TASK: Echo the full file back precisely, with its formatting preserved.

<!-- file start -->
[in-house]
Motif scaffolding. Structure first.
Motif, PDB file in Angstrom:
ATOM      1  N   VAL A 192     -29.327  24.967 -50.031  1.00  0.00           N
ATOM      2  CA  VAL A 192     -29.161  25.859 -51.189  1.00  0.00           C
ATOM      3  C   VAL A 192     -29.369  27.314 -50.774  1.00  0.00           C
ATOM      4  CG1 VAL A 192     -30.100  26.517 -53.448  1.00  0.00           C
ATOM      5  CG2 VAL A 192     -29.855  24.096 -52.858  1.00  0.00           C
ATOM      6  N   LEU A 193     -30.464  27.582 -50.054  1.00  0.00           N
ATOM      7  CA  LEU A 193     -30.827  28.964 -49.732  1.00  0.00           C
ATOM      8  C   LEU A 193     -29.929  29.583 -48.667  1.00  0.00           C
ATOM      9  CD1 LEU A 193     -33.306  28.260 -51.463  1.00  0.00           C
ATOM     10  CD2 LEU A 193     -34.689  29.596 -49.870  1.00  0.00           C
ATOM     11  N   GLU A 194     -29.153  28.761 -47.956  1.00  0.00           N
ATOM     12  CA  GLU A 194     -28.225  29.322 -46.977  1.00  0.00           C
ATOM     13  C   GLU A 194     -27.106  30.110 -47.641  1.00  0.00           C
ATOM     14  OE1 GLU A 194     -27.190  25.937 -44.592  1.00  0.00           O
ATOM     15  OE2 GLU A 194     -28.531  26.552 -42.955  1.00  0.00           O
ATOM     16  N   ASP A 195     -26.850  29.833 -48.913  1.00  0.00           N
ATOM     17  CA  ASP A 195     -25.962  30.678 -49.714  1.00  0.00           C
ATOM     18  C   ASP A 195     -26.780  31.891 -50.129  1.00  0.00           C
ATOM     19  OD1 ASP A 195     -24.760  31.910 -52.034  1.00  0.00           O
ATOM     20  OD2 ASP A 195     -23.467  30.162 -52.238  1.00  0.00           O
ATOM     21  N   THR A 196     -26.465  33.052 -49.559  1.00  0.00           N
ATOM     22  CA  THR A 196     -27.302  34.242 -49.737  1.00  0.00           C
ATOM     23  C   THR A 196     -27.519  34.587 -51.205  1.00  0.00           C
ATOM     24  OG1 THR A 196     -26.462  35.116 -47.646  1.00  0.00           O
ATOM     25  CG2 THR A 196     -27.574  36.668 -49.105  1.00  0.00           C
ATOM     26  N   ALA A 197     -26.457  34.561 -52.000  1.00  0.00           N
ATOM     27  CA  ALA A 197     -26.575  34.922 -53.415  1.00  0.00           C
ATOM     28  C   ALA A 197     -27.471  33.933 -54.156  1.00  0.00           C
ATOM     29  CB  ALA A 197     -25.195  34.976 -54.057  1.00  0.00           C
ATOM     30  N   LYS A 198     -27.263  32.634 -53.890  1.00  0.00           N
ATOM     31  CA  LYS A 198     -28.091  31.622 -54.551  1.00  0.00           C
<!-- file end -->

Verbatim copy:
[in-house]
Motif scaffolding. Structure first.
Motif, PDB file in Angstrom:
ATOM      1  N   VAL A 192     -29.327  24.967 -50.031  1.00  0.00           N
ATOM      2  CA  VAL A 192     -29.161  25.859 -51.189  1.00  0.00           C
ATOM      3  C   VAL A 192     -29.369  27.314 -50.774  1.00  0.00           C
ATOM      4  CG1 VAL A 192     -30.100  26.517 -53.448  1.00  0.00           C
ATOM      5  CG2 VAL A 192     -29.855  24.096 -52.858  1.00  0.00           C
ATOM      6  N   LEU A 193     -30.464  27.582 -50.054  1.00  0.00           N
ATOM      7  CA  LEU A 193     -30.827  28.964 -49.732  1.00  0.00           C
ATOM      8  C   LEU A 193     -29.929  29.583 -48.667  1.00  0.00           C
ATOM      9  CD1 LEU A 193     -33.306  28.260 -51.463  1.00  0.00           C
ATOM     10  CD2 LEU A 193     -34.689  29.596 -49.870  1.00  0.00           C
ATOM     11  N   GLU A 194     -29.153  28.761 -47.956  1.00  0.00           N
ATOM     12  CA  GLU A 194     -28.225  29.322 -46.977  1.00  0.00           C
ATOM     13  C   GLU A 194     -27.106  30.110 -47.641  1.00  0.00           C
ATOM     14  OE1 GLU A 194     -27.190  25.937 -44.592  1.00  0.00           O
ATOM     15  OE2 GLU A 194     -28.531  26.552 -42.955  1.00  0.00           O
ATOM     16  N   ASP A 195     -26.850  29.833 -48.913  1.00  0.00           N
ATOM     17  CA  ASP A 195     -25.962  30.678 -49.714  1.00  0.00           C
ATOM     18  C   ASP A 195     -26.780  31.891 -50.129  1.00  0.00           C
ATOM     19  OD1 ASP A 195     -24.760  31.910 -52.034  1.00  0.00           O
ATOM     20  OD2 ASP A 195     -23.467  30.162 -52.238  1.00  0.00           O
ATOM     21  N   THR A 196     -26.465  33.052 -49.559  1.00  0.00           N
ATOM     22  CA  THR A 196     -27.302  34.242 -49.737  1.00  0.00           C
ATOM     23  C   THR A 196     -27.519  34.587 -51.205  1.00  0.00           C
ATOM     24  OG1 THR A 196     -26.462  35.116 -47.646  1.00  0.00           O
ATOM     25  CG2 THR A 196     -27.574  36.668 -49.105  1.00  0.00           C
ATOM     26  N   ALA A 197     -26.457  34.561 -52.000  1.00  0.00           N
ATOM     27  CA  ALA A 197     -26.575  34.922 -53.415  1.00  0.00           C
ATOM     28  C   ALA A 197     -27.471  33.933 -54.156  1.00  0.00           C
ATOM     29  CB  ALA A 197     -25.195  34.976 -54.057  1.00  0.00           C
ATOM     30  N   LYS A 198     -27.263  32.634 -53.890  1.00  0.00           N
ATOM     31  CA  LYS A 198     -28.091  31.622 -54.551  1.00  0.00           C